Girl, 7, gets new hand from 3-D printer

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LAKEWOOD, Calif. - A 7-year-old girl whose arm was amputated due to complications from condition she had at birth received a replacement appendage on Tuesday.

Traditional prosthetics can cost up to $40,000, according to an advocacy group, but Faith Lennox’s new hand cost her family a mere $50.  That’s in part because it was created by a 3-D printer.

“Thank you,” Faith said repeatedly as she tried out the new hand.

Watching his daughter take a test ride on her bike, Faith’s father Greg Lennox said he was amazed.

“It’s a very, very good day,” Greg Lennox said. “A very emotional day.”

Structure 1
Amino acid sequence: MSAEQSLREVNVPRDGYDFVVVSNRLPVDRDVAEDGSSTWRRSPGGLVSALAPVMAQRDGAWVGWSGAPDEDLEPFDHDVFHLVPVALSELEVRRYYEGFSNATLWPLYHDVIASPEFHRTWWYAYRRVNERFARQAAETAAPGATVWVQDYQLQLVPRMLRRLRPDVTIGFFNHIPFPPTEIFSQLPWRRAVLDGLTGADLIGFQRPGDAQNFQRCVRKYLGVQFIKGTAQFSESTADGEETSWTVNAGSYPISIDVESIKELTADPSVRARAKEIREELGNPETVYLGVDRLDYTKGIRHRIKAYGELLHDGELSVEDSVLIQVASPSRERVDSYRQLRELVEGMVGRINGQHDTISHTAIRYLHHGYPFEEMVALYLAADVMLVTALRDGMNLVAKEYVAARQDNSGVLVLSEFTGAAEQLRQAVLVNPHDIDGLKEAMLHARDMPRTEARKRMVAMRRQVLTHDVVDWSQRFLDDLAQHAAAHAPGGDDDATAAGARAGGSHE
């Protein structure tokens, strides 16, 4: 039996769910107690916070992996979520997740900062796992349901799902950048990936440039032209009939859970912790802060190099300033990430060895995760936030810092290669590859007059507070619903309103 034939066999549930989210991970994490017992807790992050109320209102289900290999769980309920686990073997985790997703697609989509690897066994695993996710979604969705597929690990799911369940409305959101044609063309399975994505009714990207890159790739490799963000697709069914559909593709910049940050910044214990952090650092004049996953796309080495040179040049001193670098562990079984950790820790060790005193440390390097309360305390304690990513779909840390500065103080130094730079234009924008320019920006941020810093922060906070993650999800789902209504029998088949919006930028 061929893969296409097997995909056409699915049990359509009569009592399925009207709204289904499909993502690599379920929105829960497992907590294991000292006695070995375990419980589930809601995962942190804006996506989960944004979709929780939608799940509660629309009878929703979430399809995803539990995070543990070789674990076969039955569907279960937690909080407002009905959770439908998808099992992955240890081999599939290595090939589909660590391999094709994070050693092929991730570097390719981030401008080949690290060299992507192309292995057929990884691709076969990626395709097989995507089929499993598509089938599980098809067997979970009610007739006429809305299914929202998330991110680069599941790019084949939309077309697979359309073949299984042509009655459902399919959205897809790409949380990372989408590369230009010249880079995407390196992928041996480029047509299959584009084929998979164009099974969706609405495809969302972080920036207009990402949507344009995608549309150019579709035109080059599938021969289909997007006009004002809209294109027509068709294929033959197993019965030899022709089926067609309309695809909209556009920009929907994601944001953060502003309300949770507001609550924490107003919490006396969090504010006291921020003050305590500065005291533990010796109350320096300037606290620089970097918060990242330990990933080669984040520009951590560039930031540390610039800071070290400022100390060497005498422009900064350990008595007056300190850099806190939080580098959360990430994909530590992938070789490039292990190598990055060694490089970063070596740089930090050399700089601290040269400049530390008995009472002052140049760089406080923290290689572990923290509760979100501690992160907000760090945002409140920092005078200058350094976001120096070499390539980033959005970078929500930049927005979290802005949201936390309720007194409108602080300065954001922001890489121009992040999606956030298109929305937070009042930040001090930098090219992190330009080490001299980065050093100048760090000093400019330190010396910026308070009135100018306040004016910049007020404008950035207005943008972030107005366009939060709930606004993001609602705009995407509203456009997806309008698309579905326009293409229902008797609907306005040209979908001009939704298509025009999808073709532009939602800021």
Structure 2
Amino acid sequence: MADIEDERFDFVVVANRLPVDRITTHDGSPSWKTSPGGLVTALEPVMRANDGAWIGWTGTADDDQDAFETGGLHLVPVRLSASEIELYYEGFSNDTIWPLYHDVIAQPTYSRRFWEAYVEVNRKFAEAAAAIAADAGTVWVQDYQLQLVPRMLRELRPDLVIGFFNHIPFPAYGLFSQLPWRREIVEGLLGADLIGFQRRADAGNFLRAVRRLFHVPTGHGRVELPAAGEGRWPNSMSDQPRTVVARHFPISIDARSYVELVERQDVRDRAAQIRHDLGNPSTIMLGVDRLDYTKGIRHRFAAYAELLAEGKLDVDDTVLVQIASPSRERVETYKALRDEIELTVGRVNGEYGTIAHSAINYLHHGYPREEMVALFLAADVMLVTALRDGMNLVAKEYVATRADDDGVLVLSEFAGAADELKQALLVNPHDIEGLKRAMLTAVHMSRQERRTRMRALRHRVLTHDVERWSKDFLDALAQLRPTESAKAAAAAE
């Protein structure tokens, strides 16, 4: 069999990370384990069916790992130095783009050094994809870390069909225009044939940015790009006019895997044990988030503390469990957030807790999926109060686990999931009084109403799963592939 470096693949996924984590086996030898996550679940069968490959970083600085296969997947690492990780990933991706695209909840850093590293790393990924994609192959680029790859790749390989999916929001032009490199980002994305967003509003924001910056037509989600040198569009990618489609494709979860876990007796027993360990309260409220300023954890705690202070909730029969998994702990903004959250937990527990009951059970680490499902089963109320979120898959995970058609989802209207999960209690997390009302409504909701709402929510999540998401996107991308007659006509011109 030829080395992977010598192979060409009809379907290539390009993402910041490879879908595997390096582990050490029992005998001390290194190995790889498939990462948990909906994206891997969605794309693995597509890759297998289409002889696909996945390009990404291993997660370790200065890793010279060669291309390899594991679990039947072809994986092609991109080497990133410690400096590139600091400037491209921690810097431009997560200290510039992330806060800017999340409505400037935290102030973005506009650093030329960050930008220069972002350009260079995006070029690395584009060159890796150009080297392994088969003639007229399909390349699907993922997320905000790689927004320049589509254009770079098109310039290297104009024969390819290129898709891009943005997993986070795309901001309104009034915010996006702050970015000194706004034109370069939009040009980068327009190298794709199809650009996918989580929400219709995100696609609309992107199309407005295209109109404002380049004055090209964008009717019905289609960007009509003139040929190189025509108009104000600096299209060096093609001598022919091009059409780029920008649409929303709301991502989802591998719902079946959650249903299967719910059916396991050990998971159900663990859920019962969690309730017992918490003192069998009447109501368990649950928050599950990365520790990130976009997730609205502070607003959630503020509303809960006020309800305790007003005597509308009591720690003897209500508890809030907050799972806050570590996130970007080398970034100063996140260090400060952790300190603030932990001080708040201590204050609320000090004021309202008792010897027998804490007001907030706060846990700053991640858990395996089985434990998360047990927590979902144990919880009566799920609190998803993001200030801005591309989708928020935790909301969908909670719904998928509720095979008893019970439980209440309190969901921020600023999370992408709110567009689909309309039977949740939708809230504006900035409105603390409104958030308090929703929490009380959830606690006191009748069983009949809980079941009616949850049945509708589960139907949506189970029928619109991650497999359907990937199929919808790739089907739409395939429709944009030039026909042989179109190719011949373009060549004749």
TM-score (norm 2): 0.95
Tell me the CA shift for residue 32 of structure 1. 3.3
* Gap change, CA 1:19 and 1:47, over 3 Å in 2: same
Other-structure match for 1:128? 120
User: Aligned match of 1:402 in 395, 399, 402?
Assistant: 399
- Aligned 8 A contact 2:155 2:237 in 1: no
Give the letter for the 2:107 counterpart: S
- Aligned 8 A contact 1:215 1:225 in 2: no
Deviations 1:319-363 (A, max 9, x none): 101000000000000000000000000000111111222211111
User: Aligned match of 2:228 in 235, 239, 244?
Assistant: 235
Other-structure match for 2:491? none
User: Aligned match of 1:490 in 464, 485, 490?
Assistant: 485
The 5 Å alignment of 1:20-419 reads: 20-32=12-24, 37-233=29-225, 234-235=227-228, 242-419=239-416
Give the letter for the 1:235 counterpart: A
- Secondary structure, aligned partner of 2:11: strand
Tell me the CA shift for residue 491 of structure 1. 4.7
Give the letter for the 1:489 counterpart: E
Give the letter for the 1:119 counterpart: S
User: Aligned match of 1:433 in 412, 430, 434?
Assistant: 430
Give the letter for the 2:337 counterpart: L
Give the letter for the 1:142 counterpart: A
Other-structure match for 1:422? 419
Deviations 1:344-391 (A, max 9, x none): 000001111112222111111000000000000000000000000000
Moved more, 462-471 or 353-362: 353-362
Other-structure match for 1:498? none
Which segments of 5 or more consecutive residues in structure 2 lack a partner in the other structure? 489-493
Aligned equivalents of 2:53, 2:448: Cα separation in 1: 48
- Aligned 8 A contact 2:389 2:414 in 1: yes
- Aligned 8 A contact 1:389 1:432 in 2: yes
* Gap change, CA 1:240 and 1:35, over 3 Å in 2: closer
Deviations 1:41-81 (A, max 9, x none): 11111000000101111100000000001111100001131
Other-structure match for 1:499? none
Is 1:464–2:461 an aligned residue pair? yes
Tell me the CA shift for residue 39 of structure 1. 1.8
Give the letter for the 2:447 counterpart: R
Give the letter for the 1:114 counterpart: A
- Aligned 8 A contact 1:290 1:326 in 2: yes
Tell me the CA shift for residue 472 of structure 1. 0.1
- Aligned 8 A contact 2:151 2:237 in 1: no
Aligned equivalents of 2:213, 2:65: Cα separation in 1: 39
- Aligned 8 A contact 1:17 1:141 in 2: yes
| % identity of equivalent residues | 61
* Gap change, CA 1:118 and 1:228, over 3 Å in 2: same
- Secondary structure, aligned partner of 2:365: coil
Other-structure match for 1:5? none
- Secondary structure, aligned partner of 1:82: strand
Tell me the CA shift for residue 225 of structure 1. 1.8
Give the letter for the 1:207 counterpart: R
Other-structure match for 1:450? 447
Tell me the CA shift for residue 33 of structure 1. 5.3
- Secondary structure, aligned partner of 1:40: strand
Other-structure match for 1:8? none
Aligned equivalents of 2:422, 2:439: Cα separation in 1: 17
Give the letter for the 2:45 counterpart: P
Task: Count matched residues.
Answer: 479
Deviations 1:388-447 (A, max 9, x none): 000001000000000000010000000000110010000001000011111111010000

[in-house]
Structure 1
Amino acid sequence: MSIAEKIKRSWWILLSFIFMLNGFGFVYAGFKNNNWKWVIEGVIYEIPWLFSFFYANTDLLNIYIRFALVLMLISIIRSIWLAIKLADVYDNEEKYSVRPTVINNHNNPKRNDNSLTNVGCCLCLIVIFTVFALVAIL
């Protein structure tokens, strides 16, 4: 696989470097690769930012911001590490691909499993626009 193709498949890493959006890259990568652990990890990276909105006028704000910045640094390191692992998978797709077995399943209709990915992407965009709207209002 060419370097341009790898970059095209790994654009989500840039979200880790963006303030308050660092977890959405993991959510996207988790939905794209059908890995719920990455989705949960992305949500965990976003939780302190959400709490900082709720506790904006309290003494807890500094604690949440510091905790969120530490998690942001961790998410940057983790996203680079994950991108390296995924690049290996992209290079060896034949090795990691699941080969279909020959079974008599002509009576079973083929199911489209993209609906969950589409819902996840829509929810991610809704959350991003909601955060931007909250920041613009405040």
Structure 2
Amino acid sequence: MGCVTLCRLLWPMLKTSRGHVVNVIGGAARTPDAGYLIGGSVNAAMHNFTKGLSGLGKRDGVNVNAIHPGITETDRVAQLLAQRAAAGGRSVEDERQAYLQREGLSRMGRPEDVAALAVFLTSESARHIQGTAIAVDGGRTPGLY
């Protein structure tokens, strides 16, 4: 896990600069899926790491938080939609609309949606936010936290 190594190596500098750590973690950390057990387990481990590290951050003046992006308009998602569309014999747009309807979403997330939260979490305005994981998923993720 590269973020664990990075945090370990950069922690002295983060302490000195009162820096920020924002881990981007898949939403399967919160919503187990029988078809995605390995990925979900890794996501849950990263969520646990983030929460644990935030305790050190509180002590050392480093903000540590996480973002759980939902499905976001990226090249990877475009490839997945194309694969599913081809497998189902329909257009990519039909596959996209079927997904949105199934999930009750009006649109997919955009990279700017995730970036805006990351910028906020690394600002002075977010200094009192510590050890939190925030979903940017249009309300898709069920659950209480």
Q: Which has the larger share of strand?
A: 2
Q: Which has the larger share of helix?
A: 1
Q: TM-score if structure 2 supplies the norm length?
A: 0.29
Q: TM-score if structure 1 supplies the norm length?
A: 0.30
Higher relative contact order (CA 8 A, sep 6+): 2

Faith’s left forearm and hand were amputated when she was 9 months old, according to Build It Workspace, where her new limb was printed in 24 hours. It took less than a month to design and plan for the hand, and the final pieces were printed Tuesday morning.

The family was put in touch with Build It Workspace President Mark Lengsfeld through the Lucky Fin Project, a nonprofit devoted to children with different abilities related to their limbs.

Lengsfeld authorized full use of the facility to make Faith’s hand.

“It’s just an amazing opportunity to be here just to help her,” Lengsfeld said.

Faith chose her favorite colors for the design of her hand: pink, purple, blue and orange.

She said she looked forward to coloring and riding her bike — and showing it to her friends.

Read more of Faith's story at KTLA.

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